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Bridging the Gap: An Interview With Dr. Robert Whitney

Updated: Aug 30, 2023

This week we bring to Points an interview with Dr. Robert B. Whitney as part of an ongoing interdisciplinary dialogue inspired by last month’s “Courtwright Symposium.” Whitney served as Clinical Director of the Division of Chemical Dependency at Erie County Medical Center from 1976 to 2011.  In addition, Dr. Whitney worked for the Research Institute on Addictions in Buffalo, NY in the early ‘90s.

Can you tell us a bit about your unique professional experience, and perspective regarding addiction and the War on Drugs?

I have a slightly different perspective than people whose primary focus is research, including historical research.  My experience has been in trying to synthesize relevant information from any source and to apply that information in helping people cope with their drinking and drug problems.  Over the years, I’ve also been on different committees at the county and state level looking at addiction policy questions.  So most of my experience as a clinician, was a little different.  But I have some sense of what the policy issues are and how ill-informed most of it is.  So I have a slightly different take on the whole thing.

In your 35 years of experience, did the patient demographics change significantly?  If so, how?

Yes.  In many ways the demographics changed some.  People got younger.  I still don’t really know if that’s a product of changes in prevalence of drug use or whether we just got better at catching people earlier in the course of their problems.  I think it’s probably some of both.  We found other ways to engage people before they are having trouble with the law for example, or having trouble on the job.  So the age has changed and certainly the patterns of drug use have changed.  Ten years ago in Buffalo if we saw one or two people a month who were primarily in trouble with prescription drugs that was a lot out of say 100 admissions.  When I left in September [2011], and I don’t think it’s changed very much since, it was around 40% of admissions. That’s a huge, huge, change.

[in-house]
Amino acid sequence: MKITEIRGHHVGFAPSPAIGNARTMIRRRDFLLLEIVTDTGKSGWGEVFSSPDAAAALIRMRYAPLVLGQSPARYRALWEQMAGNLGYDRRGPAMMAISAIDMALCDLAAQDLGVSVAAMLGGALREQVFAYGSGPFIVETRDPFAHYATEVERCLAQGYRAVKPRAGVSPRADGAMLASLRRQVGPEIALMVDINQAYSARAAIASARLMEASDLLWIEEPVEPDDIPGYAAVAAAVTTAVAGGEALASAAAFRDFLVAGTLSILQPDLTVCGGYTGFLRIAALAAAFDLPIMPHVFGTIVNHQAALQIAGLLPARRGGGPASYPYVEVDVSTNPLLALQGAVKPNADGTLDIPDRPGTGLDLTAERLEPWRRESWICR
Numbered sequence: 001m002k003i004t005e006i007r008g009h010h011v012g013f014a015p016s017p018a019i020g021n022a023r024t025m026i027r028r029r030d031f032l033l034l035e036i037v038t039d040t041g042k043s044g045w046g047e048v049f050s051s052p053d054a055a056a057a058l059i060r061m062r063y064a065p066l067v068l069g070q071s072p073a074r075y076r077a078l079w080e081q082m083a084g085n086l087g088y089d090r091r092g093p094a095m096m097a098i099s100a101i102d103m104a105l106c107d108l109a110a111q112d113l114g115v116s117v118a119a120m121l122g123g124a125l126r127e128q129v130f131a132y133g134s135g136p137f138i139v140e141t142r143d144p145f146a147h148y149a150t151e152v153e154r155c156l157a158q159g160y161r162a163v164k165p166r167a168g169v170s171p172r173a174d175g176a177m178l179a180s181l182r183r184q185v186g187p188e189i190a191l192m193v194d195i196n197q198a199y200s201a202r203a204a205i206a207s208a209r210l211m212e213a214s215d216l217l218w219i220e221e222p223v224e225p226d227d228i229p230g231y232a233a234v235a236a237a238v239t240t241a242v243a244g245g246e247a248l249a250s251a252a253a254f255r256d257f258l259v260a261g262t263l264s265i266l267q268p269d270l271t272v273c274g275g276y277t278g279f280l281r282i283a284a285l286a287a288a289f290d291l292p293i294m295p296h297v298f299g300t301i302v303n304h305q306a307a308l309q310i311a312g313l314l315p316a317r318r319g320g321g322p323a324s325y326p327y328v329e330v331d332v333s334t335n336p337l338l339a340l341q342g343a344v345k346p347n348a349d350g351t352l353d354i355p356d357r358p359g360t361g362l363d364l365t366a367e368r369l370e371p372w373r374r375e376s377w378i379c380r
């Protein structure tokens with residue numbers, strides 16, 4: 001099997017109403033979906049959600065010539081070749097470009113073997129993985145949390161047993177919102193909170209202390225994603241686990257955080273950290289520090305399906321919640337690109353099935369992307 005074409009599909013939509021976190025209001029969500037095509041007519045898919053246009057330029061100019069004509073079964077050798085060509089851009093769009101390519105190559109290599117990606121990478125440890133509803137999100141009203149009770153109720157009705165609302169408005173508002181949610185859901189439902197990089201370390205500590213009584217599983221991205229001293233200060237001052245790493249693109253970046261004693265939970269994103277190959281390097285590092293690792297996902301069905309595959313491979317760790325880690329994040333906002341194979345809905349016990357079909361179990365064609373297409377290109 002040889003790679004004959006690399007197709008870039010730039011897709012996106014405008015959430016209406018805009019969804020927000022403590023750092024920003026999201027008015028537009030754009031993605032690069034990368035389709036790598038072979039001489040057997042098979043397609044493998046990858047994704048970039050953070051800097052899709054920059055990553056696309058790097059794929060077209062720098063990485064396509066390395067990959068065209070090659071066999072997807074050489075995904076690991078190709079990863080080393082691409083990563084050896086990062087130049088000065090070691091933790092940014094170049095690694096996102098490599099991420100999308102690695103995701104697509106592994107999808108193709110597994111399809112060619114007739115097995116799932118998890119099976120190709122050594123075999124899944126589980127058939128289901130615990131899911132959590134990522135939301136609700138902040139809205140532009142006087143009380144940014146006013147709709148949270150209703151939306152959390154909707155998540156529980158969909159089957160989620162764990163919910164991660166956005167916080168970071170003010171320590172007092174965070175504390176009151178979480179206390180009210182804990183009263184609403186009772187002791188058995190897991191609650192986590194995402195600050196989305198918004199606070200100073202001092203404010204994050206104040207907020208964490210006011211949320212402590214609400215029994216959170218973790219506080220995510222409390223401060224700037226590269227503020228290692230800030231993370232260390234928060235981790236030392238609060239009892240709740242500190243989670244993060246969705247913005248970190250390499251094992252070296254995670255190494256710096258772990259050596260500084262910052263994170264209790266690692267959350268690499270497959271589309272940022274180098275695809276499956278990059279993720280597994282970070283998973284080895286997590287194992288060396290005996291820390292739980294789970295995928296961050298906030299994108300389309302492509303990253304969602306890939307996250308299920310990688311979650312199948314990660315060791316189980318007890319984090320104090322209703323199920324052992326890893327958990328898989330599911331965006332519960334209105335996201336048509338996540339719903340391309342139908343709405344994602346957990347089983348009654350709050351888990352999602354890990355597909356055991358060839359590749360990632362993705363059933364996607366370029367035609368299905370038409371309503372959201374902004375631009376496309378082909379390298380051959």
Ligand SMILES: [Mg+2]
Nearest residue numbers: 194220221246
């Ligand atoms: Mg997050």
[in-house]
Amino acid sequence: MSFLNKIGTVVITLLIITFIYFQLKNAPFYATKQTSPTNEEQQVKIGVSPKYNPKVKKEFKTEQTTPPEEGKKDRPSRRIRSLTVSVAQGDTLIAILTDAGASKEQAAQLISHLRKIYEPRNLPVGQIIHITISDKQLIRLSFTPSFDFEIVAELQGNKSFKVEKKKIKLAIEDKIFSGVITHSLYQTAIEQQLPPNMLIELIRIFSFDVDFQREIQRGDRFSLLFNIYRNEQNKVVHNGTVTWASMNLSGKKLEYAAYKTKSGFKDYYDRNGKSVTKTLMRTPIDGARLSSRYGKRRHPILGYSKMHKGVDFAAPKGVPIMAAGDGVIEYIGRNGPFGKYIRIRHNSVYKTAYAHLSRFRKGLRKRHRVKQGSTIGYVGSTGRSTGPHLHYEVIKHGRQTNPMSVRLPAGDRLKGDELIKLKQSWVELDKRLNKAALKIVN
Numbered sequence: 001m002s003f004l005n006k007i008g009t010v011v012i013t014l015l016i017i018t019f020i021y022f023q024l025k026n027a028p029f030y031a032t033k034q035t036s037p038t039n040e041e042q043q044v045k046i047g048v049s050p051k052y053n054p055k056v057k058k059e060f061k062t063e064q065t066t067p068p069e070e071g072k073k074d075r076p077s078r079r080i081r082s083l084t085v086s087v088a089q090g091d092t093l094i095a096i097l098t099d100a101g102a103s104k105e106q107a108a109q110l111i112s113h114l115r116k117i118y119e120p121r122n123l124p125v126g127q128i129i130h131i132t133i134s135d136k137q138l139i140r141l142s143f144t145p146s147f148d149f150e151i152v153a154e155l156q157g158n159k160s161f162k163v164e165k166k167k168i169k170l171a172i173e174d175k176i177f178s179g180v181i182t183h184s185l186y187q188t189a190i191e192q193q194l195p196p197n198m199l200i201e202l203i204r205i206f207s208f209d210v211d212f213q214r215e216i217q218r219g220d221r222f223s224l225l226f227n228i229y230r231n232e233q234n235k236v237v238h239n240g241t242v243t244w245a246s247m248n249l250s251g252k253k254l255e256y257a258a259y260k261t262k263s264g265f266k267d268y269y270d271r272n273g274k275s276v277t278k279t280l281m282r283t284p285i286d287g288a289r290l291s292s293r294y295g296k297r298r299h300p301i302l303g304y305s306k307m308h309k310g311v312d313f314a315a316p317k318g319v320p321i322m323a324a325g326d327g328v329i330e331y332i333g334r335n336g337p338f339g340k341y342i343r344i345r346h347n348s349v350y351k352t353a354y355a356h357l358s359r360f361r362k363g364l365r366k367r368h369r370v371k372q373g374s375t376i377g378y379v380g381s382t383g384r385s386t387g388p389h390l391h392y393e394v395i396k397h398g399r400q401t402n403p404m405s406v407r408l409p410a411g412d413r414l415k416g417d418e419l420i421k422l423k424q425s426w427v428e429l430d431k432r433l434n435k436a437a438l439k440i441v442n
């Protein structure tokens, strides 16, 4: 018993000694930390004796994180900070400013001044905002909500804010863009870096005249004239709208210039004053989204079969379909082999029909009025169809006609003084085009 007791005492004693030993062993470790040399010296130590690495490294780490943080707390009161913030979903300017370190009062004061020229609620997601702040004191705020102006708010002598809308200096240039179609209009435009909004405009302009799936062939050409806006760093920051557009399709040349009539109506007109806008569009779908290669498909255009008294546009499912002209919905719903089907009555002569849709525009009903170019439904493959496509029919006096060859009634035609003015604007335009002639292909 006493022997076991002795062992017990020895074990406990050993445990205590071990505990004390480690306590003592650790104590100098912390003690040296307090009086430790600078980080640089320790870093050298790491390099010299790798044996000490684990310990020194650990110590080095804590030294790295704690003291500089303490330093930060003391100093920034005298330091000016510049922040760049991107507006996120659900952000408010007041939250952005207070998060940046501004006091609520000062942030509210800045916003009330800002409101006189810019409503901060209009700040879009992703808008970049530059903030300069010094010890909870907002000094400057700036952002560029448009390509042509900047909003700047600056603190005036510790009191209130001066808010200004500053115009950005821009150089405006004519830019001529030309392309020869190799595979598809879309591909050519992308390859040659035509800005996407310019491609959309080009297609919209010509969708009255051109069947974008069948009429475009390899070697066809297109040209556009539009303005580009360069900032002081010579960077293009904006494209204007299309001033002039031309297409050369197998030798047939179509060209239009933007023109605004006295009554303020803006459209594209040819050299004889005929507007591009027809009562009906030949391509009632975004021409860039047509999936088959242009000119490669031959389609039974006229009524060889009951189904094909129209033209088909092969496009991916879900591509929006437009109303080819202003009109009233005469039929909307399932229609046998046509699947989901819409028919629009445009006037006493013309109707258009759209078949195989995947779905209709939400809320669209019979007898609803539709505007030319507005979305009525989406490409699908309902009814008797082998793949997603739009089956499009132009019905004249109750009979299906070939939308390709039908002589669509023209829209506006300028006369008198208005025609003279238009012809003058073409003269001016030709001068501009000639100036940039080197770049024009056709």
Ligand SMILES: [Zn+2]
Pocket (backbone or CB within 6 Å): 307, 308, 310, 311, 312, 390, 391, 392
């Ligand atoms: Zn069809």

My research focuses on drug policy reform in the mid-to-late 1980s, reform largely associated with the emergence of crack.  Can you point to any significant changes in your own facility at ECMC during this period?

We certainly began to see people with shorter drug histories.  Clinical populations tend to be people who are more troubled than your average user or abuser.  If you’re having trouble spending too much money on cocaine every once in awhile you don’t necessarily end up in treatment.  If you spent the family fortune on it and everyone has given up on you we might expect to see you in treatment.  So often, it would be a number of years before they ended up in treatment.  I think when crack came to Buffalo, we did see a lot of people with crack as the main reason that got them to treatment earlier.  It seemed like they would get deep into trouble in months, rather than several years. People were getting into trouble with it, I think, because you could get started on it with smaller amounts of money.  You didn’t have to have a great deal of money in your pocket to get going. This seemed to be a difference in typical patterns.  Moreover, because of the rapid onset of inhaled cocaine, the drug is particularly reinforcing, contributing to more rapid progression of problems.

Lately we have been talking a great deal about the differences between a spectrum of disciplines involved in the study of addiction.  Care to comment?

Ultimately, the issue gets down to… I think clinicians try to be more pragmatic.  We can sit here and talk until we’re blue in the face and it’s interesting but ultimately it seems to me the question is, can we get around to applying all this knowledge in ways that are helpful? … People need to find better ways of communicating and need to develop thicker skins.  Perhaps we need to find common language—possibly jargon-free ordinary language—to foster discussions across disciplines.  The baseline has to be an acknowledgement of mutual respect.  I believe all debates should start with, “what do we agree on?”

Much dialogue and debate between historians and those in addiction science pertains to the NIDA paradigm.  Is it “all about the dopamine”? Do you align yourself with this assessment of addiction as a chronic relapsing brain disorder?